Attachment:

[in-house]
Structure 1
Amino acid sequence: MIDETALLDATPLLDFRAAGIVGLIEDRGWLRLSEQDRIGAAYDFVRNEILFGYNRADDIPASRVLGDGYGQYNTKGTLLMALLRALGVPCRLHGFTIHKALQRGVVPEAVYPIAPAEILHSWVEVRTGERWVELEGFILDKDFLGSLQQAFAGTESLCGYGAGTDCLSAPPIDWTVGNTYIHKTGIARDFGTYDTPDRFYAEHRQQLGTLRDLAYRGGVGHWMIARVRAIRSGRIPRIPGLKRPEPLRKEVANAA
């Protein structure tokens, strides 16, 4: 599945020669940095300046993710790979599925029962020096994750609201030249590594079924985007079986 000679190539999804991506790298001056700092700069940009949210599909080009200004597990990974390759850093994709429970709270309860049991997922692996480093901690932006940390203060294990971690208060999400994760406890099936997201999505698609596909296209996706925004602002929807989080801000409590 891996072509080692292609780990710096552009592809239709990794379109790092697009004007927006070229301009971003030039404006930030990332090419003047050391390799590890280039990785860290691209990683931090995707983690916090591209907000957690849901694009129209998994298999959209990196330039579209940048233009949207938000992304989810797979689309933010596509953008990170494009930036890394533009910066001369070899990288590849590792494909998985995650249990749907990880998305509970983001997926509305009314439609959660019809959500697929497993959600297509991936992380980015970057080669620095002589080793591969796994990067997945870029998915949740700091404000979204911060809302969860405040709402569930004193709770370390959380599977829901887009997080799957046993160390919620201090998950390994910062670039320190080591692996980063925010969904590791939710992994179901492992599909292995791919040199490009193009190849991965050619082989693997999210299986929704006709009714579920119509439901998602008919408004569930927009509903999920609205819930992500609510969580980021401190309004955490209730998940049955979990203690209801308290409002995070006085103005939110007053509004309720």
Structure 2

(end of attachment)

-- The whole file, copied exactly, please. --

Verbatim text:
[in-house]
Structure 1
Amino acid sequence: MIDETALLDATPLLDFRAAGIVGLIEDRGWLRLSEQDRIGAAYDFVRNEILFGYNRADDIPASRVLGDGYGQYNTKGTLLMALLRALGVPCRLHGFTIHKALQRGVVPEAVYPIAPAEILHSWVEVRTGERWVELEGFILDKDFLGSLQQAFAGTESLCGYGAGTDCLSAPPIDWTVGNTYIHKTGIARDFGTYDTPDRFYAEHRQQLGTLRDLAYRGGVGHWMIARVRAIRSGRIPRIPGLKRPEPLRKEVANAA
């Protein structure tokens, strides 16, 4: 599945020669940095300046993710790979599925029962020096994750609201030249590594079924985007079986 000679190539999804991506790298001056700092700069940009949210599909080009200004597990990974390759850093994709429970709270309860049991997922692996480093901690932006940390203060294990971690208060999400994760406890099936997201999505698609596909296209996706925004602002929807989080801000409590 891996072509080692292609780990710096552009592809239709990794379109790092697009004007927006070229301009971003030039404006930030990332090419003047050391390799590890280039990785860290691209990683931090995707983690916090591209907000957690849901694009129209998994298999959209990196330039579209940048233009949207938000992304989810797979689309933010596509953008990170494009930036890394533009910066001369070899990288590849590792494909998985995650249990749907990880998305509970983001997926509305009314439609959660019809959500697929497993959600297509991936992380980015970057080669620095002589080793591969796994990067997945870029998915949740700091404000979204911060809302969860405040709402569930004193709770370390959380599977829901887009997080799957046993160390919620201090998950390994910062670039320190080591692996980063925010969904590791939710992994179901492992599909292995791919040199490009193009190849991965050619082989693997999210299986929704006709009714579920119509439901998602008919408004569930927009509903999920609205819930992500609510969580980021401190309004955490209730998940049955979990203690209801308290409002995070006085103005939110007053509004309720």
Structure 2